Later he met a yogi and explained his disappointment. The yogi said the problem is that he is not total, nor able to be total, in his approach to the priest's instructions. He saw that the man's love for this woman was so deep that there was no steadfast depth of concentration that he could maintain to truly sublimate his suffering away. Therefore, his attempts were merely distractions that took what little energy he had. There was no power he could cultivate in this manner to transcend his problem.
The yogi told him that the Yoga Sutras (a sacred text) say that we should meditate on something we are deeply interested in, or love. For if we're naturally compelled to follow the good in something, we have a great opportunity for our attention to quickly crystallize into a deep state of meditation -- leading to the same place that all points converge, the same place the priest was pointing.
Yet if we're pulled between two things, even if one is divine, we still remain in a sort of middle space or limbo.
In this case, both are paths of love and thus going to the same place. But we can't take both paths at the same time. We must surrender to one to get anywhere, and it's usually to the one we're trying to avoid that we should surrender.
If a fight continues within, you have probably attempted to surrender to the wrong side. For in true surrender we give up all fighting and find our energies integrated. That sick feeling of being split apart is an indication we're not taking a path that will allow us to be total, and its uneasiness stays with us as an indication to change directions. Consequently, if you do change directions you quickly feel confirmed in doing so and gather momentum in the certitude that you're now on the right path.
The yogi told the man to make his wife's name his mantra and her remembrance his meditation, to visualize her heavenly face, to recall her angelic voice singing to him and to let every breeze that wafted the scent of lavender or rose to enrapture him in a state of her loveliness. Essentially, he was to allow all the remembrances of her that he had been formerly avoiding -- so as naught to haunt him -- to now totally come into him.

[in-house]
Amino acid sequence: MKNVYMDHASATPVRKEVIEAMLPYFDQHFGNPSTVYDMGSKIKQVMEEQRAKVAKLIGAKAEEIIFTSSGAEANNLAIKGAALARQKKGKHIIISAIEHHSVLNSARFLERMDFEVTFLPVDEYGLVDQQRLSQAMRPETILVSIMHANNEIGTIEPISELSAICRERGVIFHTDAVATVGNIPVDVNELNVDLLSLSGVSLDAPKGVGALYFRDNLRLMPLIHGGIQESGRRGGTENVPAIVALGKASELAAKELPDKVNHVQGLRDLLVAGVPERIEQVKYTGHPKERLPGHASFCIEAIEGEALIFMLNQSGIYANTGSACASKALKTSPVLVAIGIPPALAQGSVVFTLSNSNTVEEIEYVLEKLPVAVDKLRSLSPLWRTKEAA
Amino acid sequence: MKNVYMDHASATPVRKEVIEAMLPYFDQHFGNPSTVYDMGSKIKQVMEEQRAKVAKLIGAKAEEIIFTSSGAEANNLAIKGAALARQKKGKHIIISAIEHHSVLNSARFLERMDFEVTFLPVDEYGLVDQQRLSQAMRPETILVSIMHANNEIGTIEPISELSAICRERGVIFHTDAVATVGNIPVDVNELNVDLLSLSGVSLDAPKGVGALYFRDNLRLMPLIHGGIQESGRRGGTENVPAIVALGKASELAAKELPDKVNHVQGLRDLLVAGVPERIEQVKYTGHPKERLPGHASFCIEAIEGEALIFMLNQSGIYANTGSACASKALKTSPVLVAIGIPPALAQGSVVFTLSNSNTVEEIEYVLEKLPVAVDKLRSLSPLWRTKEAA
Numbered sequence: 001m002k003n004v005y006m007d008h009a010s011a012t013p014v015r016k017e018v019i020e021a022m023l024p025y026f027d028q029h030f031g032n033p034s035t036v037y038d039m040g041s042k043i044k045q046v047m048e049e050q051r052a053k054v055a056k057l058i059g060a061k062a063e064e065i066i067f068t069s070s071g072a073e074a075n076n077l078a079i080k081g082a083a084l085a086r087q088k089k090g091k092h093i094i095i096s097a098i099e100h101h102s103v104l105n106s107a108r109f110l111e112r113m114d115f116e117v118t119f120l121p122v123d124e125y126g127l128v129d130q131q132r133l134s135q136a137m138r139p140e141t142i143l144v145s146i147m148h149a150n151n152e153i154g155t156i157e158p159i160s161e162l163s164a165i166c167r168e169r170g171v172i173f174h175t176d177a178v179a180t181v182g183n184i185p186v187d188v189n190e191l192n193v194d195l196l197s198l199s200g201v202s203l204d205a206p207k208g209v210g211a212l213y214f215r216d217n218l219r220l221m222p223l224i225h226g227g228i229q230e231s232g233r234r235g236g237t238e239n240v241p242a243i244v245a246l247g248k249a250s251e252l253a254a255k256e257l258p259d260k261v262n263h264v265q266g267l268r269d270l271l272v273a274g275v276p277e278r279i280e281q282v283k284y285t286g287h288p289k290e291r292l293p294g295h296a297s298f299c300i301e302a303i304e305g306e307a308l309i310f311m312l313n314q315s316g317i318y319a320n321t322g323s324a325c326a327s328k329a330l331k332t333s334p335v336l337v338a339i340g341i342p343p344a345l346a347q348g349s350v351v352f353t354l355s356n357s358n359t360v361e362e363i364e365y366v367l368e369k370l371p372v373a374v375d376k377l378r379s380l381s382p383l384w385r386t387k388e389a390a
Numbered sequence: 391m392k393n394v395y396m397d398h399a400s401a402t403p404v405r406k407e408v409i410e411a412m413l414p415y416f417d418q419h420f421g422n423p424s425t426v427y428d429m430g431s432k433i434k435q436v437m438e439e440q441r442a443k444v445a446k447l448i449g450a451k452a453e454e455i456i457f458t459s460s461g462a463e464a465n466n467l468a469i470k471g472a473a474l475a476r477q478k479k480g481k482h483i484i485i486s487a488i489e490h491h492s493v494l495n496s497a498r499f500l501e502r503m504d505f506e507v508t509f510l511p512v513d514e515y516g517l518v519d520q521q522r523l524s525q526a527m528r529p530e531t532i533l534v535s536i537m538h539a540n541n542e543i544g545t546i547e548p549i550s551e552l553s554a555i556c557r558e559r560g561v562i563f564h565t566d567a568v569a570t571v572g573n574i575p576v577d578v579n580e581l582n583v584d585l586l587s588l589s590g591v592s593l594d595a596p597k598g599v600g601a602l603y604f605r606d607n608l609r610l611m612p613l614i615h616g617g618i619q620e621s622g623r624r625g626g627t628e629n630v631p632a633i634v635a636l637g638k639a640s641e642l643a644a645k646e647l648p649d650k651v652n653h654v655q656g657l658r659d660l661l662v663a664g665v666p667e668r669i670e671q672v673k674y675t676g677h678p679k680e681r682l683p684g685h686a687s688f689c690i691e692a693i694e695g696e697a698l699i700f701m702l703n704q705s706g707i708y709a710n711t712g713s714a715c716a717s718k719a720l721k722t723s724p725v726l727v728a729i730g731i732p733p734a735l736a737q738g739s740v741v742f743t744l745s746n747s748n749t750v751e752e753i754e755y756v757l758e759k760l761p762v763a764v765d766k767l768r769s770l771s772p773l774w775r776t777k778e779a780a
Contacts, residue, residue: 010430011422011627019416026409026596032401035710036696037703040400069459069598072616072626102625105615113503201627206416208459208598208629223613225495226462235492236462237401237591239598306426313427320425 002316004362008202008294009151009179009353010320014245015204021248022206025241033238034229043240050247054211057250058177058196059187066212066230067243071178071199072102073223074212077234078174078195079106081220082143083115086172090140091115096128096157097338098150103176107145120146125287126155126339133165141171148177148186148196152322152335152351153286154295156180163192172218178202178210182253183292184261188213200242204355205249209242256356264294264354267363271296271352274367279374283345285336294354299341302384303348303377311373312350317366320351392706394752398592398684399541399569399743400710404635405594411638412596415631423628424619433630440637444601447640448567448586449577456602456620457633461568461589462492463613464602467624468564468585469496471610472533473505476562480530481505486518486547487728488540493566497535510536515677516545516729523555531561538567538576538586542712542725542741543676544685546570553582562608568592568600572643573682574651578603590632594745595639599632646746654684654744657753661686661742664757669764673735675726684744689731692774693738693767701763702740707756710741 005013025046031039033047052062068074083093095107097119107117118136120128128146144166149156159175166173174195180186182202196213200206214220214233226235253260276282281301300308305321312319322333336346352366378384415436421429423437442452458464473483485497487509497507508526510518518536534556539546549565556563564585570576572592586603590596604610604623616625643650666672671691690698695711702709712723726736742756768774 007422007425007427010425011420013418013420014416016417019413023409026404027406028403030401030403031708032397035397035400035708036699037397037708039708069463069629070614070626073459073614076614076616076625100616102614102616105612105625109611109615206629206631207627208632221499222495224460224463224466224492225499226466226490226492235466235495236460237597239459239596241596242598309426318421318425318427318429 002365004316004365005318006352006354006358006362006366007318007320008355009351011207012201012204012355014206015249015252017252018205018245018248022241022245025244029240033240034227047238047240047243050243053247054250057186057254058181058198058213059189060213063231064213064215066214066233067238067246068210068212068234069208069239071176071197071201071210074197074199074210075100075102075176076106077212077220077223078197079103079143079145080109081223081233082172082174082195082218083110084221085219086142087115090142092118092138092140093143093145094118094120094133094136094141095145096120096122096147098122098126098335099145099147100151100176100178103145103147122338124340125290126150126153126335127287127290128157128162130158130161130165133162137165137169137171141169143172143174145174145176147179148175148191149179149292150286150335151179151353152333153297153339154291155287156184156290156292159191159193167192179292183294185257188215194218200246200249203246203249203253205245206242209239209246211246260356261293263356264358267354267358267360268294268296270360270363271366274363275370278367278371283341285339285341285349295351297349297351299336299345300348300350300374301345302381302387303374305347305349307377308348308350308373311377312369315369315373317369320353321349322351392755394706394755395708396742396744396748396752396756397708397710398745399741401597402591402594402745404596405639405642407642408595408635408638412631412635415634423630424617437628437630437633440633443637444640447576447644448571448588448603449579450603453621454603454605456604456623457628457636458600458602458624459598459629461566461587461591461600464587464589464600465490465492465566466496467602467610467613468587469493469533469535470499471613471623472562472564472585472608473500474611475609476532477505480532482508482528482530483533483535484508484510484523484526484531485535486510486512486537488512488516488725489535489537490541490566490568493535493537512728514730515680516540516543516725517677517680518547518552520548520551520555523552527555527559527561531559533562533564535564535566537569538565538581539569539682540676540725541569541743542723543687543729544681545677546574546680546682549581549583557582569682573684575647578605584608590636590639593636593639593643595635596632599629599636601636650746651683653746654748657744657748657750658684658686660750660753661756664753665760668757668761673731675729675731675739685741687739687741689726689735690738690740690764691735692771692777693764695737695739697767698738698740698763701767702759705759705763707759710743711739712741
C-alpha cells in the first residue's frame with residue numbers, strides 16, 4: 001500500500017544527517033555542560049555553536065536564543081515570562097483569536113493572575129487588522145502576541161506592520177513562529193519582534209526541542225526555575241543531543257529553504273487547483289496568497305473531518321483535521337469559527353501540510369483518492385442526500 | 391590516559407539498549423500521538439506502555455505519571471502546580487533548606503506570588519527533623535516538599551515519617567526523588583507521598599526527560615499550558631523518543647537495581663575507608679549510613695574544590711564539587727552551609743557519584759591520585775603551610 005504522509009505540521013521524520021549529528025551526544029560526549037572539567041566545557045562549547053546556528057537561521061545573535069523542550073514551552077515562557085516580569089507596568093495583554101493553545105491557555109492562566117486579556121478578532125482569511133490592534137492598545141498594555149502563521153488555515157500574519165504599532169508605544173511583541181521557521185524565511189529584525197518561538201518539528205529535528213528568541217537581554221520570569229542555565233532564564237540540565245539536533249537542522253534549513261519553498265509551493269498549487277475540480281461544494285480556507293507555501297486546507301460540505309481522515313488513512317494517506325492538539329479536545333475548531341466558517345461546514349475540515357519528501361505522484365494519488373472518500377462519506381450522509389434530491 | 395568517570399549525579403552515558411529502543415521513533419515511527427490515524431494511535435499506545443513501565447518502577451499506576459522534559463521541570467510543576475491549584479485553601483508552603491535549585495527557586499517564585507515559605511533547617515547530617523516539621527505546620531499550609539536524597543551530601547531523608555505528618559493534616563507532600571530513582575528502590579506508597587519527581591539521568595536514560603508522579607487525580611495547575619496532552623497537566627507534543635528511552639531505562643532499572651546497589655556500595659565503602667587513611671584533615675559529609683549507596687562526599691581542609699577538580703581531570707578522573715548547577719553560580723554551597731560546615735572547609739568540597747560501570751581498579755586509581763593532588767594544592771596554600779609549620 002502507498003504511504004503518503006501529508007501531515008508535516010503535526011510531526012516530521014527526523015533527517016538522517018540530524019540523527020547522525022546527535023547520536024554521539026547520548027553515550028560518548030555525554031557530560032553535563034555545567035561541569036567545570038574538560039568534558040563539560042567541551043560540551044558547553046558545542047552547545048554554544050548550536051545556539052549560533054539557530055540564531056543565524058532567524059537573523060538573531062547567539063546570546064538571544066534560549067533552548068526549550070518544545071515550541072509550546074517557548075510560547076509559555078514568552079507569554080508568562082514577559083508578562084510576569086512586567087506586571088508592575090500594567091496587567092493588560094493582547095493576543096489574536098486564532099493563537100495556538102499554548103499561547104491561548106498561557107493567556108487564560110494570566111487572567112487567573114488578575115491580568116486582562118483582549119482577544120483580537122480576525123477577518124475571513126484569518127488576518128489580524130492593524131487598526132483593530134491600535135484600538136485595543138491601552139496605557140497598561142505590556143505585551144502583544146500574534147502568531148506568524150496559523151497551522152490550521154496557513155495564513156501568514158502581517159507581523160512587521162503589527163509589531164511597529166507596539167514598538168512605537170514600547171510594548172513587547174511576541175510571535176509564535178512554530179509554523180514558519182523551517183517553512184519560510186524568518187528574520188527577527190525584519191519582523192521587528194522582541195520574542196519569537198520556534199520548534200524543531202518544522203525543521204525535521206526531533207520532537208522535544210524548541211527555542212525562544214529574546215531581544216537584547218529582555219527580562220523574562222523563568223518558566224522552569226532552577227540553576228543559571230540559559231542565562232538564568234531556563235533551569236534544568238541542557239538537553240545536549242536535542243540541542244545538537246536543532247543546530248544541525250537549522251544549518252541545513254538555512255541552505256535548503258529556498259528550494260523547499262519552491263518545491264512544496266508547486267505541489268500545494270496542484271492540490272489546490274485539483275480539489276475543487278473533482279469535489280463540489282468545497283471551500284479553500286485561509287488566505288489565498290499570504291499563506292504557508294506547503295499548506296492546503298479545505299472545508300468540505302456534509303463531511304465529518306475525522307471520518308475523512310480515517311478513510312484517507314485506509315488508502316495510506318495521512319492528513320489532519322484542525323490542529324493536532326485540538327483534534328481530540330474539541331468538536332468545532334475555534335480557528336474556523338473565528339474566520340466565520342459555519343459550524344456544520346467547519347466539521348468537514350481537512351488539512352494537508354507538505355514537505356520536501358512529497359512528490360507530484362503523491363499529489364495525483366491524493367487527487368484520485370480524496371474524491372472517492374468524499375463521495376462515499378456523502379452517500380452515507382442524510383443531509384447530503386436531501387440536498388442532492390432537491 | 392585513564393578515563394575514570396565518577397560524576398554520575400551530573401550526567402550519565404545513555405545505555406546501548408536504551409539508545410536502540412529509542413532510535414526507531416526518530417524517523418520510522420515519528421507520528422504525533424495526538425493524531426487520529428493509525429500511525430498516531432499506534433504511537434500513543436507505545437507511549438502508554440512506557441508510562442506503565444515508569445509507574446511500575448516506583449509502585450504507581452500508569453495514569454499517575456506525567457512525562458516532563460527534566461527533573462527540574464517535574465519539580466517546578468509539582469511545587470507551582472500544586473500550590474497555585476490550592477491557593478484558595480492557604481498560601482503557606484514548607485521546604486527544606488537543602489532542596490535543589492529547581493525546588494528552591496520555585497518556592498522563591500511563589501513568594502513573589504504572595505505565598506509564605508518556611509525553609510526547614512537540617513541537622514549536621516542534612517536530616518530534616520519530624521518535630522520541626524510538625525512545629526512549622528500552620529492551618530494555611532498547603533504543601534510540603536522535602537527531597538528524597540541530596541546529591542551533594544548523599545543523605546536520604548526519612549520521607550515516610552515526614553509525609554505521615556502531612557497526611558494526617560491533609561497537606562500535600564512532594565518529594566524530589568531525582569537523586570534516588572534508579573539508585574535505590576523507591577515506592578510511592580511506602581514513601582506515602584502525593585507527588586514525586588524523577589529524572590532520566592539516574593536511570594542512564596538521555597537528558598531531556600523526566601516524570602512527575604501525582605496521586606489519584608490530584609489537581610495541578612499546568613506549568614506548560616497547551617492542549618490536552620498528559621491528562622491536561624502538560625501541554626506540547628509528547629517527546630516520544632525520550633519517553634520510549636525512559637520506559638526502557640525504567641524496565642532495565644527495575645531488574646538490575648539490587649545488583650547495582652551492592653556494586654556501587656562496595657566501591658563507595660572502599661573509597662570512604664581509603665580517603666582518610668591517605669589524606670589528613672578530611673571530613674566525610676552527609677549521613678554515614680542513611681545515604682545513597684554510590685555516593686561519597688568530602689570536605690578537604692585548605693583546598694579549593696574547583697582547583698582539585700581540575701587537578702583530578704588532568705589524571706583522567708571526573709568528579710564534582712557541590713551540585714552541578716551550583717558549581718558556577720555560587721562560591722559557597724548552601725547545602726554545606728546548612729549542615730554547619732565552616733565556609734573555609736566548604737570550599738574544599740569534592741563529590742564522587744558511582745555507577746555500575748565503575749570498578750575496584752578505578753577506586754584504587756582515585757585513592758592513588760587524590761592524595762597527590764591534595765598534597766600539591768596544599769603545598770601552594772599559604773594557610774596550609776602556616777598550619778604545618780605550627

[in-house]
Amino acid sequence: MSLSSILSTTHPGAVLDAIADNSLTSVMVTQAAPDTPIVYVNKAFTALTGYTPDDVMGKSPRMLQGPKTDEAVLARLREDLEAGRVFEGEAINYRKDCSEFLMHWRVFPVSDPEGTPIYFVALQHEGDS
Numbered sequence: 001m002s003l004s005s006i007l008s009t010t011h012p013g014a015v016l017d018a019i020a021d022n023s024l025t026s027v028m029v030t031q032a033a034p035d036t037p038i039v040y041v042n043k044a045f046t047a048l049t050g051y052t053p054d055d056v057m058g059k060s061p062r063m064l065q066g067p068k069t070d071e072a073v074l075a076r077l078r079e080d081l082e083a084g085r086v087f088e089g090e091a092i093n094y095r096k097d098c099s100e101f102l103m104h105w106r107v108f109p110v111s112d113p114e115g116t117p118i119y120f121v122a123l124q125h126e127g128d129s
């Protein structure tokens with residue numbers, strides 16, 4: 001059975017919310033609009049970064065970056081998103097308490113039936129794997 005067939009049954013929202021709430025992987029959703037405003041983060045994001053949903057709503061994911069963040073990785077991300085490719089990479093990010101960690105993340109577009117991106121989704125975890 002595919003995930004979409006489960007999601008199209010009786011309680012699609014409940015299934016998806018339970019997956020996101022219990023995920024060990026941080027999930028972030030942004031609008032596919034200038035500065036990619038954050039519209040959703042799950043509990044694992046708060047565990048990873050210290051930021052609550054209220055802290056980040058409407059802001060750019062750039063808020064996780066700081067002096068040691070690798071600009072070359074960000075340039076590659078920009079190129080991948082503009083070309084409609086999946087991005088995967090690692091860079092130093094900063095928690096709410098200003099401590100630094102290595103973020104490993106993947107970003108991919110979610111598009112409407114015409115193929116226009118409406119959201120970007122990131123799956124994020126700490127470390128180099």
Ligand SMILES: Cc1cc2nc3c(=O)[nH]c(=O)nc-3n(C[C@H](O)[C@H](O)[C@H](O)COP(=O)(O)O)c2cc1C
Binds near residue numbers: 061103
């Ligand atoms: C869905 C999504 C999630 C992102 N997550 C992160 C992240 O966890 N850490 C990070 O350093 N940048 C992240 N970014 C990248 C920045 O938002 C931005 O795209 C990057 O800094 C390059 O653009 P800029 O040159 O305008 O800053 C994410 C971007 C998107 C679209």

Instead of running from her ghost, he was to have the holiness of her ghost entirely inhabit the temple of his being -- to the point that his own self would move out and the love of her move entirely in. Thus, if fully surrendered to that divine injunction, "Die in me that I may eternally live in thee," he might find the quintessence of spiritual practice.
Three weeks later, the man came back to the yogi full of gratitude and full of love! He was vibrant and full of energy, for he was no longer running from anything.
If we can remember the agony is not in the circumstance but in the split of our consciousness, we can perceive a direction that might merge our energies together into a new feeling of wholeness. And continuing this path, we might find a surprising joy at who is actually forgotten and an overwhelming awe with whom is remembered!
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